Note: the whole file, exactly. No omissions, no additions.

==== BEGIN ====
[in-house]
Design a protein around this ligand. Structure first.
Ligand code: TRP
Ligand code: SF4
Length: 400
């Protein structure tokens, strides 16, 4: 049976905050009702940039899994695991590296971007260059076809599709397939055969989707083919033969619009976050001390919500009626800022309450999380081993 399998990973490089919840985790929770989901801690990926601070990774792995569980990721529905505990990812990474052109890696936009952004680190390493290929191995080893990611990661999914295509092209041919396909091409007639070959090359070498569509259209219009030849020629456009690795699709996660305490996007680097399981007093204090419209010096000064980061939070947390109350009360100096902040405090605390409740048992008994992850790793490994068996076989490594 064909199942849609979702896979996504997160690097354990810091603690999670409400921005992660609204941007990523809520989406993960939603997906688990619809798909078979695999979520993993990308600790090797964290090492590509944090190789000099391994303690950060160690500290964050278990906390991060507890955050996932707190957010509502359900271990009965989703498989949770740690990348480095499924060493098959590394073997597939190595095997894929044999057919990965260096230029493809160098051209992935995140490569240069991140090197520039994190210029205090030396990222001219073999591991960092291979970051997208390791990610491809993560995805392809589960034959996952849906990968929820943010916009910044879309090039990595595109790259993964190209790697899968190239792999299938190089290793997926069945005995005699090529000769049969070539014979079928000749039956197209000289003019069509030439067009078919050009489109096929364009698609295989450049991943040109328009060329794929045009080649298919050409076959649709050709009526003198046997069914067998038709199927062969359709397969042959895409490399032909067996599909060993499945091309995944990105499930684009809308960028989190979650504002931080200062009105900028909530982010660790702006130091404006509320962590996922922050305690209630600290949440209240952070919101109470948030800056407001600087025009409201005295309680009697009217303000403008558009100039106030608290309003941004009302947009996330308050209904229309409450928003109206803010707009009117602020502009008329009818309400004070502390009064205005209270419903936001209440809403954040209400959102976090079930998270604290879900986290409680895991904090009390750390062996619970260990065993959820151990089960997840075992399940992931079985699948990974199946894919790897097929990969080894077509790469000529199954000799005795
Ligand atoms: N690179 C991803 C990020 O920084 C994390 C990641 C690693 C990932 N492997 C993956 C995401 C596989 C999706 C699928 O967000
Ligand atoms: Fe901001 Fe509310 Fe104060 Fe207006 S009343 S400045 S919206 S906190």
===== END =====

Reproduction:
[in-house]
Design a protein around this ligand. Structure first.
Ligand code: TRP
Ligand code: SF4
Length: 400
């Protein structure tokens, strides 16, 4: 049976905050009702940039899994695991590296971007260059076809599709397939055969989707083919033969619009976050001390919500009626800022309450999380081993 399998990973490089919840985790929770989901801690990926601070990774792995569980990721529905505990990812990474052109890696936009952004680190390493290929191995080893990611990661999914295509092209041919396909091409007639070959090359070498569509259209219009030849020629456009690795699709996660305490996007680097399981007093204090419209010096000064980061939070947390109350009360100096902040405090605390409740048992008994992850790793490994068996076989490594 064909199942849609979702896979996504997160690097354990810091603690999670409400921005992660609204941007990523809520989406993960939603997906688990619809798909078979695999979520993993990308600790090797964290090492590509944090190789000099391994303690950060160690500290964050278990906390991060507890955050996932707190957010509502359900271990009965989703498989949770740690990348480095499924060493098959590394073997597939190595095997894929044999057919990965260096230029493809160098051209992935995140490569240069991140090197520039994190210029205090030396990222001219073999591991960092291979970051997208390791990610491809993560995805392809589960034959996952849906990968929820943010916009910044879309090039990595595109790259993964190209790697899968190239792999299938190089290793997926069945005995005699090529000769049969070539014979079928000749039956197209000289003019069509030439067009078919050009489109096929364009698609295989450049991943040109328009060329794929045009080649298919050409076959649709050709009526003198046997069914067998038709199927062969359709397969042959895409490399032909067996599909060993499945091309995944990105499930684009809308960028989190979650504002931080200062009105900028909530982010660790702006130091404006509320962590996922922050305690209630600290949440209240952070919101109470948030800056407001600087025009409201005295309680009697009217303000403008558009100039106030608290309003941004009302947009996330308050209904229309409450928003109206803010707009009117602020502009008329009818309400004070502390009064205005209270419903936001209440809403954040209400959102976090079930998270604290879900986290409680895991904090009390750390062996619970260990065993959820151990089960997840075992399940992931079985699948990974199946894919790897097929990969080894077509790469000529199954000799005795
Ligand atoms: N690179 C991803 C990020 O920084 C994390 C990641 C690693 C990932 N492997 C993956 C995401 C596989 C999706 C699928 O967000
Ligand atoms: Fe901001 Fe509310 Fe104060 Fe207006 S009343 S400045 S919206 S906190």